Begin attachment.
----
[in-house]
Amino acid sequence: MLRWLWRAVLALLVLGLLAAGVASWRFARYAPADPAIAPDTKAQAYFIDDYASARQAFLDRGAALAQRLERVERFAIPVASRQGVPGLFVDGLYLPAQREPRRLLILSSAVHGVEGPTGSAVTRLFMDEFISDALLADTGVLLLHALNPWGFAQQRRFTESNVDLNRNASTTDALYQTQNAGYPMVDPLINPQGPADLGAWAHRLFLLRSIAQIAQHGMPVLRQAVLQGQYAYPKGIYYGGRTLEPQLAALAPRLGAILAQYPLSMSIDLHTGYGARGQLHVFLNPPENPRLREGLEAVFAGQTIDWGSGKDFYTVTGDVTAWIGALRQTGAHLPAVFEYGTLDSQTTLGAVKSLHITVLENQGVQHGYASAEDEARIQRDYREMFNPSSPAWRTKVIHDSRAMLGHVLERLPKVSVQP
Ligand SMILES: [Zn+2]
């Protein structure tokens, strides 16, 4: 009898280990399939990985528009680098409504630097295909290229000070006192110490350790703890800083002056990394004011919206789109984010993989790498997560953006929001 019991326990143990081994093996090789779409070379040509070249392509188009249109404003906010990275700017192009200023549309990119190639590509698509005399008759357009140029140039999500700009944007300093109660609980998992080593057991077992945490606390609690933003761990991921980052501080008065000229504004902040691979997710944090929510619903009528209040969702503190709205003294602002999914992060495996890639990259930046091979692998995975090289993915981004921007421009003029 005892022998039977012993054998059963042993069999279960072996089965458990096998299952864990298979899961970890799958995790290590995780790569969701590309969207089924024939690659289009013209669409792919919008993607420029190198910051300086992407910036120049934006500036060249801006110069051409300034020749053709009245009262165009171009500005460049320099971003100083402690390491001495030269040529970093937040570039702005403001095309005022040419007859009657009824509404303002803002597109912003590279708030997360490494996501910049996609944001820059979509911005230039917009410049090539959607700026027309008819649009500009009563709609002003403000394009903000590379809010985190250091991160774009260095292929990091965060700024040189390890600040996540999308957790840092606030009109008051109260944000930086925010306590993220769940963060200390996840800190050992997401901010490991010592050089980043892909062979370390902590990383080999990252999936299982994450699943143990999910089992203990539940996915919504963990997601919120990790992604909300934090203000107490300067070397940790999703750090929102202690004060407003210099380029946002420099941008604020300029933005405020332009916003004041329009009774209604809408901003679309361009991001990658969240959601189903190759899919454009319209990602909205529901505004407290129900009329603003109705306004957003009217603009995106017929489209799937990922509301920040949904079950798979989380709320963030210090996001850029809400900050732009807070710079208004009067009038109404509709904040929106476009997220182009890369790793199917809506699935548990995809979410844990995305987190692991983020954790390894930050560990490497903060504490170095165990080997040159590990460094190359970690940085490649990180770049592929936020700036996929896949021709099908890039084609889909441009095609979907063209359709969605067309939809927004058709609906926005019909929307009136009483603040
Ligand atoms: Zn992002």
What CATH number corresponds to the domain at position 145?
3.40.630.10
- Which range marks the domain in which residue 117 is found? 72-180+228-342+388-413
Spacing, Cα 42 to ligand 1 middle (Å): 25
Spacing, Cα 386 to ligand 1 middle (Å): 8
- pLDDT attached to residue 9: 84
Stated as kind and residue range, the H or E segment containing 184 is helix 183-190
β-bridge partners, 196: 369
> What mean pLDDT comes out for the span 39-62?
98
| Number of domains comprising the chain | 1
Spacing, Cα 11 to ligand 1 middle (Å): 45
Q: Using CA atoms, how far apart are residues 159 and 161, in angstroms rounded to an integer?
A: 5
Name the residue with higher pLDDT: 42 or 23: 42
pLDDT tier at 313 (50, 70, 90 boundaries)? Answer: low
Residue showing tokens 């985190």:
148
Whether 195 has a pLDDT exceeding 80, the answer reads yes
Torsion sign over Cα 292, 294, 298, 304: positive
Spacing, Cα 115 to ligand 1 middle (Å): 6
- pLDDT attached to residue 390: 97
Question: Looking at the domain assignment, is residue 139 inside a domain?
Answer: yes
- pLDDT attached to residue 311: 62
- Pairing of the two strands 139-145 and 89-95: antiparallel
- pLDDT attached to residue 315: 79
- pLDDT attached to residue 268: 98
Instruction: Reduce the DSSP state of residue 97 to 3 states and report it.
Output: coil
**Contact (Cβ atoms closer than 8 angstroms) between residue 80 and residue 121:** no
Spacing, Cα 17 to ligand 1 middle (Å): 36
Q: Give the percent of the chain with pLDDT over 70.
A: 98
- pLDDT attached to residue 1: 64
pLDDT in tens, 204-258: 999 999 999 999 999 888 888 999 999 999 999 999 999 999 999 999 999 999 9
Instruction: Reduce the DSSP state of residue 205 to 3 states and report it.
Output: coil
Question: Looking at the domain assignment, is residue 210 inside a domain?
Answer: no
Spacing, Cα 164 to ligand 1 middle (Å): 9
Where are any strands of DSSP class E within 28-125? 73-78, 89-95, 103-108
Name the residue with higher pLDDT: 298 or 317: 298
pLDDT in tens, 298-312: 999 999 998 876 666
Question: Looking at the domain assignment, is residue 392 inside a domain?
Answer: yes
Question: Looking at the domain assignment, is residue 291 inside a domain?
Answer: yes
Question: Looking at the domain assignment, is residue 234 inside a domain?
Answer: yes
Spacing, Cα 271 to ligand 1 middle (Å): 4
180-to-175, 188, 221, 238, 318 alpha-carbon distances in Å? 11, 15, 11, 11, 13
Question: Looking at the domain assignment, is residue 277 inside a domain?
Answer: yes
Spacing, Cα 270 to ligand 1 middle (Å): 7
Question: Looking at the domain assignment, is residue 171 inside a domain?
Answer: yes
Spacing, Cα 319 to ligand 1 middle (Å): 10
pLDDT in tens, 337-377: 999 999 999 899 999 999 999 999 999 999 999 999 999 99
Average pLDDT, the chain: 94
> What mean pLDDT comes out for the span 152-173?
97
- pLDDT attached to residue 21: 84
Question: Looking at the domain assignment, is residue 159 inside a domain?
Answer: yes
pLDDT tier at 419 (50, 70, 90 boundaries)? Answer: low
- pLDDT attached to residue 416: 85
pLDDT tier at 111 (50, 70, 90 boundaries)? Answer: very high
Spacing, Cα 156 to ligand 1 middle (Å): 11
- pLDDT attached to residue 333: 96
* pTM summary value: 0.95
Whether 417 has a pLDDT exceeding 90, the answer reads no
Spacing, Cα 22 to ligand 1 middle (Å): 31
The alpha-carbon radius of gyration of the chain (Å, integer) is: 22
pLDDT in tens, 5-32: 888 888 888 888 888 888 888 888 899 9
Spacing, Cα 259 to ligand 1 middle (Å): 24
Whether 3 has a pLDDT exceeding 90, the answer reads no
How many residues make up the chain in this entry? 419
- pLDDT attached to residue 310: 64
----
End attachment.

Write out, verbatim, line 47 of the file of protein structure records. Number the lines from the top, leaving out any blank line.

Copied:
Where are any strands of DSSP class E within 28-125? 73-78, 89-95, 103-108